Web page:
3. Oakland Community College
    Location

    Bloomfield Hills, MI

    There are four options for criminals justice students at Oakland Community College: law enforcement, police evidence technology, corrections and generalist. Students can also pursue a police academy certificate of achievement. Students will have opportunities to participate in volunteering and community service programs in the area. There are also many student clubs, activities and organizations, as well as leadership development programs. Cultural offerings include the Smith Theatre and diversity and inclusion programs. The school offers academic advising and counseling, as well as career services, which include placement services, job postings, resume help and workshops.

  4. Lansing Community College
    Location

    Lansing, MI

    Lansing Community College was founded in 1957 to meet the region's growing need for career and workforce development. LCC subsequently developed career and technical programs and matching partnerships with employers in business, industry, and community service. Criminal justice majors can choose among three career objectives, including a corrections focus, a criminal justice associate's degree, or entry into the 18-week Mid-Michigan Police Academy training program. Students enrolling in the criminal justice/corrections sequence select either juvenile justice or adult corrections. The law enforcement option is a full associate degree program that includes the police academy training. Students with at least 37 undergraduate units can opt for the academy only.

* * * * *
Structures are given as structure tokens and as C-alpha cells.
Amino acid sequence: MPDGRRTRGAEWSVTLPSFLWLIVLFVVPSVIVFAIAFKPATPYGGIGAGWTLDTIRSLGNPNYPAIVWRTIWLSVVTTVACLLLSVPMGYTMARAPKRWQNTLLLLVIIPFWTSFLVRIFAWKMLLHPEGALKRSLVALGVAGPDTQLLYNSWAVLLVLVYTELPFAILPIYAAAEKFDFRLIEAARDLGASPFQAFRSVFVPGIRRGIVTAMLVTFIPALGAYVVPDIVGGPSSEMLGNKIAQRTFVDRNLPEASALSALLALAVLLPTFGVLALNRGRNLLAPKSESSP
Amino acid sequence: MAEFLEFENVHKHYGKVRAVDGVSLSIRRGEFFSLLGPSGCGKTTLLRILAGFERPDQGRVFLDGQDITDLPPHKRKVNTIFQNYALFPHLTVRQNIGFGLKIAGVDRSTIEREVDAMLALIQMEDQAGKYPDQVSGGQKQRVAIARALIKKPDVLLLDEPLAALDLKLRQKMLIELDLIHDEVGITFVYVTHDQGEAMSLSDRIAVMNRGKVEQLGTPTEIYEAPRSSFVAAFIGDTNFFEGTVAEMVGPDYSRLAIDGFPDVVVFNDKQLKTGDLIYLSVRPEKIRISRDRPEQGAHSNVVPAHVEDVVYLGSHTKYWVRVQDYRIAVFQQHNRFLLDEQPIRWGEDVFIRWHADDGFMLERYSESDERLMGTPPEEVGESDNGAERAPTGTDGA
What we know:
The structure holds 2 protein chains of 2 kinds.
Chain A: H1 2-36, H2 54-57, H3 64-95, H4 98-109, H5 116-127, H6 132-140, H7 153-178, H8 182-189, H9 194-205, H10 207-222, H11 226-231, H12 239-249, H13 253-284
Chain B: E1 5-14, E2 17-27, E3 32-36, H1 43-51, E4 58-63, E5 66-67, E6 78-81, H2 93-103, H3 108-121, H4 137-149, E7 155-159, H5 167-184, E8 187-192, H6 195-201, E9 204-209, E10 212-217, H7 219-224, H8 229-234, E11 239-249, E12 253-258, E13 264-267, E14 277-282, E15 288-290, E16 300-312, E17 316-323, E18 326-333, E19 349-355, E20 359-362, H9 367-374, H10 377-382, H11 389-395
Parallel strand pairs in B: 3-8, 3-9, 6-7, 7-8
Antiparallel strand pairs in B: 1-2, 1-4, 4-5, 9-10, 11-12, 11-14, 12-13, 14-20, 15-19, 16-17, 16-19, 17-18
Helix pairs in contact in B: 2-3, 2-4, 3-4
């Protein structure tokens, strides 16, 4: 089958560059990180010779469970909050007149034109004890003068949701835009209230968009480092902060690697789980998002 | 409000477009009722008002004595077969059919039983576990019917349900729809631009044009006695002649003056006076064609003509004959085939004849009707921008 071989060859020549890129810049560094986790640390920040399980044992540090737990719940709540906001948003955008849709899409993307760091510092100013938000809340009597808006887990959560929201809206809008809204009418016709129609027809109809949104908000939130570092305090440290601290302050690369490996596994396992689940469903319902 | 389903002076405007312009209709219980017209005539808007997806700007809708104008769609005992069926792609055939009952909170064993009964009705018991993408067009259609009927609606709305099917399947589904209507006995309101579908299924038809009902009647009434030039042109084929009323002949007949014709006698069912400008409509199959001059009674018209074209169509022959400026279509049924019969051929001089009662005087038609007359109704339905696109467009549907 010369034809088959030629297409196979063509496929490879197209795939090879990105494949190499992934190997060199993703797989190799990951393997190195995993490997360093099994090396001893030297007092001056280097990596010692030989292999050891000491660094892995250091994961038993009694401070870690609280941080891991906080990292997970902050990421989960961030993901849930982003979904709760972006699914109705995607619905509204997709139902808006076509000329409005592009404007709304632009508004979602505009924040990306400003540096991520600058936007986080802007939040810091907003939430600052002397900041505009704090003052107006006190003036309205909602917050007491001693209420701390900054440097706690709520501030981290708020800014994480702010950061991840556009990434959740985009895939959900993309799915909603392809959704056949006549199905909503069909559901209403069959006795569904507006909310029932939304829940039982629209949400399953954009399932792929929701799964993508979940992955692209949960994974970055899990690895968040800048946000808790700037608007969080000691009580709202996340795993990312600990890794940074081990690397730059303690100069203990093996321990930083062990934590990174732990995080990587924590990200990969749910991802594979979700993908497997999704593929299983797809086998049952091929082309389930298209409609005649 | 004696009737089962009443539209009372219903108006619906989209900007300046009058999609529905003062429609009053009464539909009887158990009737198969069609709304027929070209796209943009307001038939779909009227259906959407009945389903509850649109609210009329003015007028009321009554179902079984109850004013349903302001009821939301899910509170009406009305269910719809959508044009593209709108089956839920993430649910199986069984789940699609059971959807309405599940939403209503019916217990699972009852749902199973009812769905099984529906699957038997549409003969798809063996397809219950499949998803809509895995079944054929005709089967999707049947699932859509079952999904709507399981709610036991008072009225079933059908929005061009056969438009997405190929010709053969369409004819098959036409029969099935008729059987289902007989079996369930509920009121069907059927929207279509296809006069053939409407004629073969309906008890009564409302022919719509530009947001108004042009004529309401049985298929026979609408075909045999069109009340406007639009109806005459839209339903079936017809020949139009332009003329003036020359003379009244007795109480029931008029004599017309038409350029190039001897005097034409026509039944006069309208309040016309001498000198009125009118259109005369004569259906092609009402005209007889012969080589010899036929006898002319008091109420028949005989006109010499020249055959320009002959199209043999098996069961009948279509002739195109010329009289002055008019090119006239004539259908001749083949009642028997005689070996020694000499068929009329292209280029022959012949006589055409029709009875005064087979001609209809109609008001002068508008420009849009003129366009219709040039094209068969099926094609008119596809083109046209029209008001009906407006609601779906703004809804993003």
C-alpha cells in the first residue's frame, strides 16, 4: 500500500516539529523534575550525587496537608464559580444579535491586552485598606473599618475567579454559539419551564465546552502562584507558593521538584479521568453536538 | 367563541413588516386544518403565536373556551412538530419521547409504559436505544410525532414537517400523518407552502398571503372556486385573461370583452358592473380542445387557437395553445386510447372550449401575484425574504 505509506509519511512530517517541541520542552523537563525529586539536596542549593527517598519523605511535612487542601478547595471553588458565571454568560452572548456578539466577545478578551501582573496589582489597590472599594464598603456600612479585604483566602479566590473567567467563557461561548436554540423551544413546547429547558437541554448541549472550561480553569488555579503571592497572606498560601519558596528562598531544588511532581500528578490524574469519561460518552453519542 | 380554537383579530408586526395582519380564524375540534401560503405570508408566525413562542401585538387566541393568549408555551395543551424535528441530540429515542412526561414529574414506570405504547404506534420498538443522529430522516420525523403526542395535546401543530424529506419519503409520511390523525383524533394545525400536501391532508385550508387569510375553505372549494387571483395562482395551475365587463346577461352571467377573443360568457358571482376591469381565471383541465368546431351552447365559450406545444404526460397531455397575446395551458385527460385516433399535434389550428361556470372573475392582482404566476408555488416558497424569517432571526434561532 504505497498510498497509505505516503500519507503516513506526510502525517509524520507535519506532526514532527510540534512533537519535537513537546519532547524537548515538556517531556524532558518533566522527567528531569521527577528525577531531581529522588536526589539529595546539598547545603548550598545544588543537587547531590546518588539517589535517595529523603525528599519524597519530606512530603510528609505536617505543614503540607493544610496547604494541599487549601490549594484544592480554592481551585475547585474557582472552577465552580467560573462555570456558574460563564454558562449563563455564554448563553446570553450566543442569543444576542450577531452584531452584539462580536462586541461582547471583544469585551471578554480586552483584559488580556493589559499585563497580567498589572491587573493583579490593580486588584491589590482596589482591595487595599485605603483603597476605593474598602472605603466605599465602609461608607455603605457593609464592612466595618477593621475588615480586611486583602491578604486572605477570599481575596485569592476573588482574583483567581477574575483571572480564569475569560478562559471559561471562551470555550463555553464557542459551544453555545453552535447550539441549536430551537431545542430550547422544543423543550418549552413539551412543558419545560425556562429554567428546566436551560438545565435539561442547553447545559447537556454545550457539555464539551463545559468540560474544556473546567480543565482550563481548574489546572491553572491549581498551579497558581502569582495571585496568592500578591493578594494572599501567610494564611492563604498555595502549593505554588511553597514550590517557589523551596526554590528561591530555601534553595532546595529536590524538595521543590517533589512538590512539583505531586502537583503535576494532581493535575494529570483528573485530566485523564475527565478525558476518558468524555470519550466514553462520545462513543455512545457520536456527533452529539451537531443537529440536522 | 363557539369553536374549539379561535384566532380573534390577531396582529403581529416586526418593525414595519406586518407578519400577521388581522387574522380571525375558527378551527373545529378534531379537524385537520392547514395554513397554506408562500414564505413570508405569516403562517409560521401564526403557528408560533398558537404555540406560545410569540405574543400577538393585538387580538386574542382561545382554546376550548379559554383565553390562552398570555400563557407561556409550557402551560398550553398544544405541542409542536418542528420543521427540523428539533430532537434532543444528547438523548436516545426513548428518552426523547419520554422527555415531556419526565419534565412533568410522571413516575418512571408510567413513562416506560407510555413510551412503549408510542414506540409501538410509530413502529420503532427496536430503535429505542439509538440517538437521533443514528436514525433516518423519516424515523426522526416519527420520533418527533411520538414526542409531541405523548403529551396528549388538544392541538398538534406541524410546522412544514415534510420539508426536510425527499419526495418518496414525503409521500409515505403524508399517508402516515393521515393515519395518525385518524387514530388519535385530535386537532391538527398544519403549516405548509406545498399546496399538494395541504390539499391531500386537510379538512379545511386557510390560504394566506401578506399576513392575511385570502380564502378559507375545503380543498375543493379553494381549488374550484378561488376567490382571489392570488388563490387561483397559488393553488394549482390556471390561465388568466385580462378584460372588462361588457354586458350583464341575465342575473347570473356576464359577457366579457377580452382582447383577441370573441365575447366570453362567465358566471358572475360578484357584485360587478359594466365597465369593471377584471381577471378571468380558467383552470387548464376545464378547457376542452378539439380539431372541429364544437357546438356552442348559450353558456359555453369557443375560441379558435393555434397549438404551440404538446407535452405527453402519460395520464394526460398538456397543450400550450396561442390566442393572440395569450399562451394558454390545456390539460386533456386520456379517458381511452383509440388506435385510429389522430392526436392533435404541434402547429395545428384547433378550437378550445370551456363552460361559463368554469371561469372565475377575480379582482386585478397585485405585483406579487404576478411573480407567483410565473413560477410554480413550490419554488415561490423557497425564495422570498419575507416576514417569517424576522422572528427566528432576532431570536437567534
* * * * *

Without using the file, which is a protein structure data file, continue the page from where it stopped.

5. West Shore Community College
    Location

    Scottville, MI

    West Shore Community College offers criminal justice students a choice among an associate of sciences degree and one-year certificates. SSCC was founded in 1967 to build a comprehensive range of degree programs focusing on students who intend to transfer to a baccalaureate degree program or enter their occupations immediately after graduation. In two years, criminal justice majors can complete an associate degree and qualify for licensing as a police officer. Students undertake general education requirements in their first year and enter the police academy in their second year. Eligible transfer students with one year of post-secondary classes or applicants with an associate degree may enter directly into the academy.

  6. Alpena Community College
    Location

    Alpena, MI

  7. North Central Michigan College
    Location

    Petoskey, MI

  8. Macomb Community College
    Location

    Warren, MI

  9. Mott Community College
    Location

    Flint, MI

  10. Bay Mills Community College
    Location

    Brimley, MI

A wide variety of people work in the criminal justice field in Michigan, from patrol officers to forensic scientists. Education levels for each professional field associated with criminal justice vary immensely, as shown in the data below. Some of Michigan’s more common career paths for people interested in criminal justice are highlighted here, along with their employment rates and average salaries locally. Criminal justice students interested in working Michigan after graduation can check which area of study and level of education they should pursue to land their ideal job.

  • Police, Sheriff & Highway Patrol Officers

    • Total Employed in Michigan16,220
    • Median Salary in Michigan$58,230
    • Degree Level Required in MichiganAcademy Program

  • Correctional Officer

    • Total Employed in Michigan9,710
    • Median Salary in Michigan$52,400
    • Degree Level Required in MichiganVaries; up to Associate

  • Court, Municipal and License Clerks

    • Total Employed in Michigan7,010
    • Median Salary in Michigan$38,540